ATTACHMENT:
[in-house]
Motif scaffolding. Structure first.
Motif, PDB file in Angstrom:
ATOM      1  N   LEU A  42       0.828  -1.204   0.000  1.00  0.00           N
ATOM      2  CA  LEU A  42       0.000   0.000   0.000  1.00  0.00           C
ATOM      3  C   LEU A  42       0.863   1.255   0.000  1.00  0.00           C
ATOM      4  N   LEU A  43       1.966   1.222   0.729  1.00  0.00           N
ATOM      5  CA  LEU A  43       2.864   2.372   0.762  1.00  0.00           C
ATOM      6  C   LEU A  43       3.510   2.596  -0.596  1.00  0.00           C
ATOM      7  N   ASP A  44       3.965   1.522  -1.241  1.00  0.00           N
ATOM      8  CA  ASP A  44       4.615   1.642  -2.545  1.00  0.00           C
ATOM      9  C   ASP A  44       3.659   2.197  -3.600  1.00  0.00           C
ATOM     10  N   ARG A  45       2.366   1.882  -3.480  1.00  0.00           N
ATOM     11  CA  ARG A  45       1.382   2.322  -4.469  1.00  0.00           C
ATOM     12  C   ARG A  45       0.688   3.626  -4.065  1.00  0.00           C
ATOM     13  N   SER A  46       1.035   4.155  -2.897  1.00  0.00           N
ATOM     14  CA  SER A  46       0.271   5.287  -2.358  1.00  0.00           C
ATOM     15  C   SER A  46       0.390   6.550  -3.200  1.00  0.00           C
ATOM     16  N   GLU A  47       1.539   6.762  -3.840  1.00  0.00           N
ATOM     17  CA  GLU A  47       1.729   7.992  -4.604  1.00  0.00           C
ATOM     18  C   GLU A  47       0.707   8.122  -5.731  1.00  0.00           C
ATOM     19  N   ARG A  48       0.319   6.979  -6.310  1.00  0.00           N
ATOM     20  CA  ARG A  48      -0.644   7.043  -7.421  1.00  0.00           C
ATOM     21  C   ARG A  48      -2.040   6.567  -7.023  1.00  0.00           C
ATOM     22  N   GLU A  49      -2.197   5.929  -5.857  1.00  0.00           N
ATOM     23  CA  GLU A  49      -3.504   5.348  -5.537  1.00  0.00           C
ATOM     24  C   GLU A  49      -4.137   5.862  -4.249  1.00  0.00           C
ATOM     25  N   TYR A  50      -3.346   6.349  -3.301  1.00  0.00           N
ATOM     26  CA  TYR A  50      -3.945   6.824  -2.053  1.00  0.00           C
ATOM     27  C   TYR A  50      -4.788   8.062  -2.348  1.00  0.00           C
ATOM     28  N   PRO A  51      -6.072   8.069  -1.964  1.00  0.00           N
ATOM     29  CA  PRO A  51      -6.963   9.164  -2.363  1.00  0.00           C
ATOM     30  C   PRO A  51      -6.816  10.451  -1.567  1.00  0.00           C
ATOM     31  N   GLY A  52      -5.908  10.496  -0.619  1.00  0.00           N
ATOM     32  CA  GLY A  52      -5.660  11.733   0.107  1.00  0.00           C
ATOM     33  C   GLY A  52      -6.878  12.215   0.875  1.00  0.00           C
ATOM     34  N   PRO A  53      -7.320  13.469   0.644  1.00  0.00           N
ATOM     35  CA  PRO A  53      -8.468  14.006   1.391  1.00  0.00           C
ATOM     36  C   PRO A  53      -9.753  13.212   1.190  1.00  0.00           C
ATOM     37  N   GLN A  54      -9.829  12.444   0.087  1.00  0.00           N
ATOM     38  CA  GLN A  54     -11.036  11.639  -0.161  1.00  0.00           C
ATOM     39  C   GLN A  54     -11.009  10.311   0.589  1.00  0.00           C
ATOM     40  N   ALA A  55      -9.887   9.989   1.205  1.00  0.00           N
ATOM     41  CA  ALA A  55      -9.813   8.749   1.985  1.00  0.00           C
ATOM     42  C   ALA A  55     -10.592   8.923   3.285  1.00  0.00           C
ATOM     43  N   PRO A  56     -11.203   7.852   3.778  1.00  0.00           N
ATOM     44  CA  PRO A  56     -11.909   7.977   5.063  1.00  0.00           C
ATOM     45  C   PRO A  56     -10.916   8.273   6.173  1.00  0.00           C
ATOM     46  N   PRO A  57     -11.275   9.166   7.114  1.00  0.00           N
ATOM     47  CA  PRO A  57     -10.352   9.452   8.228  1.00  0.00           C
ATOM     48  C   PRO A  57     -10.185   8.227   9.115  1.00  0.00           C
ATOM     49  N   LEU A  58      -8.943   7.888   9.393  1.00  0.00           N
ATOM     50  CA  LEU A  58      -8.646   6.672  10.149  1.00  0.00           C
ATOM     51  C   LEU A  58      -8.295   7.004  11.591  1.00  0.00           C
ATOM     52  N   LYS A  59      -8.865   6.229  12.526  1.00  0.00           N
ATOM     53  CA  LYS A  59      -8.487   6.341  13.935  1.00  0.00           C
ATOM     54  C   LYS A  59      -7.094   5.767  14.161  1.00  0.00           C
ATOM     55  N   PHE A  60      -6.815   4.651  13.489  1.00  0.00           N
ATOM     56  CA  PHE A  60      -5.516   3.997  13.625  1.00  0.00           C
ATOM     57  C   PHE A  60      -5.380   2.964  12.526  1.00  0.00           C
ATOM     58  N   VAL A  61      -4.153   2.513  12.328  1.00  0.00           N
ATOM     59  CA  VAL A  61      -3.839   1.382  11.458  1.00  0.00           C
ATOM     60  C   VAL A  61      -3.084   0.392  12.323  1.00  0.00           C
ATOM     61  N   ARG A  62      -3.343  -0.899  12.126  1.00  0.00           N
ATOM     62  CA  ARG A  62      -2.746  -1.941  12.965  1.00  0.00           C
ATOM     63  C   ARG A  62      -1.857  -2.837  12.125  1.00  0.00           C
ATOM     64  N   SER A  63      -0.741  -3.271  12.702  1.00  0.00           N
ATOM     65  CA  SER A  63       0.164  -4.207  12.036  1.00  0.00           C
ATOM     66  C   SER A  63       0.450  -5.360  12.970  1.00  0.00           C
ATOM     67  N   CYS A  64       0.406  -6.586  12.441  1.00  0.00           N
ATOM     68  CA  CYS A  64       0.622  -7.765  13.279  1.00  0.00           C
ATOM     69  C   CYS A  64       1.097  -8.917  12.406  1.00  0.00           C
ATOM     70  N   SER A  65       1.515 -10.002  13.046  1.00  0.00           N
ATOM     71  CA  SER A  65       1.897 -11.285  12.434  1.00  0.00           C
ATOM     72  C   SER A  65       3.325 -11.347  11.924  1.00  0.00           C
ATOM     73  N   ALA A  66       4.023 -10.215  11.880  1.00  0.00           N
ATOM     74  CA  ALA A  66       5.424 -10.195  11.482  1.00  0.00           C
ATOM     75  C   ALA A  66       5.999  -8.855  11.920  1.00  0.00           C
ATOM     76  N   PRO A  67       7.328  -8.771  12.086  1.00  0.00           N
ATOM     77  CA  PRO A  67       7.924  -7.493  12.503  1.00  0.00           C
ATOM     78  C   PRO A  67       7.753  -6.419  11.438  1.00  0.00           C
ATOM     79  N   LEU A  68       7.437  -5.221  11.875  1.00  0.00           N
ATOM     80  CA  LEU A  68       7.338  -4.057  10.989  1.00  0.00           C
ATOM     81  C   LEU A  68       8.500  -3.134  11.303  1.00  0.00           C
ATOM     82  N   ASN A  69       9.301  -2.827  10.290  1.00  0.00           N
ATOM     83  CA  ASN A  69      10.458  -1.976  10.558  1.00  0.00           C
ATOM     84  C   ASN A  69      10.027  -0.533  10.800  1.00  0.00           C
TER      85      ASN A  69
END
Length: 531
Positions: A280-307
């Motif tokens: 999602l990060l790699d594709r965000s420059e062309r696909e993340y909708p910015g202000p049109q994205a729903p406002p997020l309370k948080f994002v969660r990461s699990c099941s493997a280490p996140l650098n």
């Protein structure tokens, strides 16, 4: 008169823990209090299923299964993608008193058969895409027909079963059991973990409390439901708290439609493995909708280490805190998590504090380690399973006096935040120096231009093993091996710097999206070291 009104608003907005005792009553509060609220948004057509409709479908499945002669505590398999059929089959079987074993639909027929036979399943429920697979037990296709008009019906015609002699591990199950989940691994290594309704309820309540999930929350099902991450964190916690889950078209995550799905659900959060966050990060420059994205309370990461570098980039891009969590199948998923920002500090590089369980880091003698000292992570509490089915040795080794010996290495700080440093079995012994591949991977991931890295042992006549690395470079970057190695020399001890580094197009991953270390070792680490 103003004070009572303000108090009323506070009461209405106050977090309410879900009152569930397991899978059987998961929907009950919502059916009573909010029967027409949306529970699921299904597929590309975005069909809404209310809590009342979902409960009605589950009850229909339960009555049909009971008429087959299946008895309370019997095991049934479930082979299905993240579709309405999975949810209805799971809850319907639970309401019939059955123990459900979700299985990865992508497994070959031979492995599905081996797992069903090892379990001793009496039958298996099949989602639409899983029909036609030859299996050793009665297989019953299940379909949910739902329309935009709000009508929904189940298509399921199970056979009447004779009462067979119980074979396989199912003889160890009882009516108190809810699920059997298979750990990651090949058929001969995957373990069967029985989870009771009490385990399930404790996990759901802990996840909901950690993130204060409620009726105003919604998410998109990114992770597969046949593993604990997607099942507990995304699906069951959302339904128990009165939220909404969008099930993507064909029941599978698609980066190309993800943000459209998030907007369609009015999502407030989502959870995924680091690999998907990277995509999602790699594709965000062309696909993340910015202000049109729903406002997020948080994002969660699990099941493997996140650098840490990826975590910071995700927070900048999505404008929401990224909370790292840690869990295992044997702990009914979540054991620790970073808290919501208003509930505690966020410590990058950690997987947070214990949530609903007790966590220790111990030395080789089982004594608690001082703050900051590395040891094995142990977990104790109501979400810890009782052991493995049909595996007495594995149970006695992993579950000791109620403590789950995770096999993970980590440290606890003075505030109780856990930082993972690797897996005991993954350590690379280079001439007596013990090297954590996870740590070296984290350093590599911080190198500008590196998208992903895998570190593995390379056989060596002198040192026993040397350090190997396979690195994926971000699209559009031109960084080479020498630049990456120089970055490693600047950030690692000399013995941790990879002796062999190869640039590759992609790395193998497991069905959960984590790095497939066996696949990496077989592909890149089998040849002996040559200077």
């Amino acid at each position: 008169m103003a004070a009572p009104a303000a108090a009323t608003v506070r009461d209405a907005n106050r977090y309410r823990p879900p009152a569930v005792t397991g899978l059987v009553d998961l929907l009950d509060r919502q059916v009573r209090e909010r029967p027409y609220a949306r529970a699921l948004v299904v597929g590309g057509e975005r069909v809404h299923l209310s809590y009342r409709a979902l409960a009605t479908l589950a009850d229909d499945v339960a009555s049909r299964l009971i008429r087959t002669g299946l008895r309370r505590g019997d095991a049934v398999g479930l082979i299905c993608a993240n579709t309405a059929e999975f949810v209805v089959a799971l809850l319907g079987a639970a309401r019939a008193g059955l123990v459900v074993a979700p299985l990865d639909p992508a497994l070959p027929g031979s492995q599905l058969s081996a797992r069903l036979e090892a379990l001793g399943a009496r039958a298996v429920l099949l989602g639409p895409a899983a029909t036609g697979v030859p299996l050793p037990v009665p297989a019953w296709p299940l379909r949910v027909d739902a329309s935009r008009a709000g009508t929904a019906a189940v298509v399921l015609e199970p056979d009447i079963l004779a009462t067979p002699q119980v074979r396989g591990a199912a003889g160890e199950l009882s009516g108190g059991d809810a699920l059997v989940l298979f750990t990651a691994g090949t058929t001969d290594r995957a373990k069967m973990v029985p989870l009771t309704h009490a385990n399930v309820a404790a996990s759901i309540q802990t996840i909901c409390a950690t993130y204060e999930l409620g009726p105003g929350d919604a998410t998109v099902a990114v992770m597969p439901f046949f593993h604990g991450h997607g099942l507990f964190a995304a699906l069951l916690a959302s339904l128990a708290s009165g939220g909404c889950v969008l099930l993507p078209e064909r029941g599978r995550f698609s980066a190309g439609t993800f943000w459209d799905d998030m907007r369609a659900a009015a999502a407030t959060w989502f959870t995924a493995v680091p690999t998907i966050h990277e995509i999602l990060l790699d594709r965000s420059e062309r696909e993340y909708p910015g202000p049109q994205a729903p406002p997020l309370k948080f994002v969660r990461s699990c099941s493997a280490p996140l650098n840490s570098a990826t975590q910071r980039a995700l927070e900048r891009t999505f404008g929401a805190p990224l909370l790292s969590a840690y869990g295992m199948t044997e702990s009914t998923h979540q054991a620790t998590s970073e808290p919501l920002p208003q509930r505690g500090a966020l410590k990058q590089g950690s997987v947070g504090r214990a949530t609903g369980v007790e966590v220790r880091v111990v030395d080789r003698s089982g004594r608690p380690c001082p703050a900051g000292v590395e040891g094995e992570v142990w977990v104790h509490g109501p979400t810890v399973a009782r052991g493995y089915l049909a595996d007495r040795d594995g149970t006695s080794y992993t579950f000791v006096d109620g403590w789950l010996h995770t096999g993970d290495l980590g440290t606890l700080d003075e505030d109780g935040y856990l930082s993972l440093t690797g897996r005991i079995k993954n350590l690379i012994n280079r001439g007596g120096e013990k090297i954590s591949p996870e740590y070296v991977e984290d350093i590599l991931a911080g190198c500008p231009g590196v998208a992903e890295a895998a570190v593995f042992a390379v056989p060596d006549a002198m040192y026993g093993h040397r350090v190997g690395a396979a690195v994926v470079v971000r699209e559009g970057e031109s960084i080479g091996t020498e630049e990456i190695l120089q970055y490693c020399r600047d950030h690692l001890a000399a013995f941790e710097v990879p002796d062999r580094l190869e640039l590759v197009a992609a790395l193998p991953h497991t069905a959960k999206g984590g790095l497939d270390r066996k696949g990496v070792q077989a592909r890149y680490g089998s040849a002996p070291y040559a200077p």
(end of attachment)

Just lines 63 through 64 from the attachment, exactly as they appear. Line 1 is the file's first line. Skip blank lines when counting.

ATOM     60  C   VAL A  61      -3.084   0.392  12.323  1.00  0.00           C
ATOM     61  N   ARG A  62      -3.343  -0.899  12.126  1.00  0.00           N